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Egg or Rock?


MaybeAnEgg

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Hello everyone, I found yall on google while trying to get info about this interesting rock I found in the Fossile Coast area of Oregon a few months ago.

 

Photos are attached and here is some info about it...

 

Found in flowing water at the extended base of a 300 foot waterfall,. Its the tallest in the state but I forgot its name. The surrounding rock was all black and dark shades of earth., mostly basalt. My find was the only stone of a light color i saw in vicinity, both in the water and on the trail.

 

The surface is smooth, certainly been in water a loooong time, almost feels like porcelain. There are small details in the surface that are visible, but cannot be felt.

 

 

Attached is a 360 view of the top and sides. I stood it up for seeing the side it rest on. The measure lines are millimeters, total of 40.

 

Thanks for helping!

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Edited by MaybeAnEgg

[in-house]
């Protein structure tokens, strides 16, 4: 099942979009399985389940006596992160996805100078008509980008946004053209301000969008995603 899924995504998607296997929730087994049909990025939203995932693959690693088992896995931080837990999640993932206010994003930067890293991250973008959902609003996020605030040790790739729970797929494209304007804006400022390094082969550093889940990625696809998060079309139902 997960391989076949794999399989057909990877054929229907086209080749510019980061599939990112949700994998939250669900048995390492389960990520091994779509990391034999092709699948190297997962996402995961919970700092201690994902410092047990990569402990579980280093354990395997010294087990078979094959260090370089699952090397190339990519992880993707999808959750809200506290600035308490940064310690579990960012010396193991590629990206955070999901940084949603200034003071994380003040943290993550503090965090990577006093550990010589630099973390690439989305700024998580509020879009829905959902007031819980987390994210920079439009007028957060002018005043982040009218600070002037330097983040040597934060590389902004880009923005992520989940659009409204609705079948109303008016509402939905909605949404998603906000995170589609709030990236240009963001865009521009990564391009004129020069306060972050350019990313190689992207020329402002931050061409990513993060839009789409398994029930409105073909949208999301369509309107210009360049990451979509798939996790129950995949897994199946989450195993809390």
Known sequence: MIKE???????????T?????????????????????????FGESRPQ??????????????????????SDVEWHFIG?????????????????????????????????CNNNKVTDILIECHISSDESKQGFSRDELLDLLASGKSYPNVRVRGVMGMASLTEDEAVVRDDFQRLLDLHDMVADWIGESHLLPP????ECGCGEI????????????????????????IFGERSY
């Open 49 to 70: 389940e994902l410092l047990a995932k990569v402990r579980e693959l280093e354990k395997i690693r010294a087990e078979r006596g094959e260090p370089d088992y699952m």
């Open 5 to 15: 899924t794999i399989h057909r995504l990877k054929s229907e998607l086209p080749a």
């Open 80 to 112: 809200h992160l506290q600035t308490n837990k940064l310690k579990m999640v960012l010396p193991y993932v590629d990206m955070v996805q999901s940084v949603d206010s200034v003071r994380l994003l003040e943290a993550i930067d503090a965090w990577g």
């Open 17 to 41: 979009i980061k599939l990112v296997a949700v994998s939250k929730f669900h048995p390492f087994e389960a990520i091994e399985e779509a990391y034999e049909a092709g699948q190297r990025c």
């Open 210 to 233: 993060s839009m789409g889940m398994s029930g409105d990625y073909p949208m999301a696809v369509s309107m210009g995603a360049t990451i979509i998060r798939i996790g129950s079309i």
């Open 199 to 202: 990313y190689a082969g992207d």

Added measure length
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Whats the confirmation sign so I can learn to tell? I read the post about rocks vs eggs, but wasnt sure so I made a post

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The first sign would be the absence of any discernible fossil egg texture.

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Fossil eggs, especially complete ones are very rare.  I personally don't know of any from coastal Oregon.  On the other hand, wave-smoothened stones like these are very common.  Also, although smooth, this stone is also not that egg-shaped. Our brains are programmed to look for patterns and shapes that we have seen before, even in situations when they don't exist.  On the Oregon coast, your best bets for finds will be fossil molluscs, i.e., clams and snails.

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Did you do a complete read through both of the "Think you found an Egg basic"   and  "Think you found an Egg- advanced" posts?

 

Texture, or lack thereof, and location found, would rule out egg for me.  :(

Multnomah County is only known for invertebrate fossils.

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Looks like you're gonna have to change your name to NotAnEgg :P

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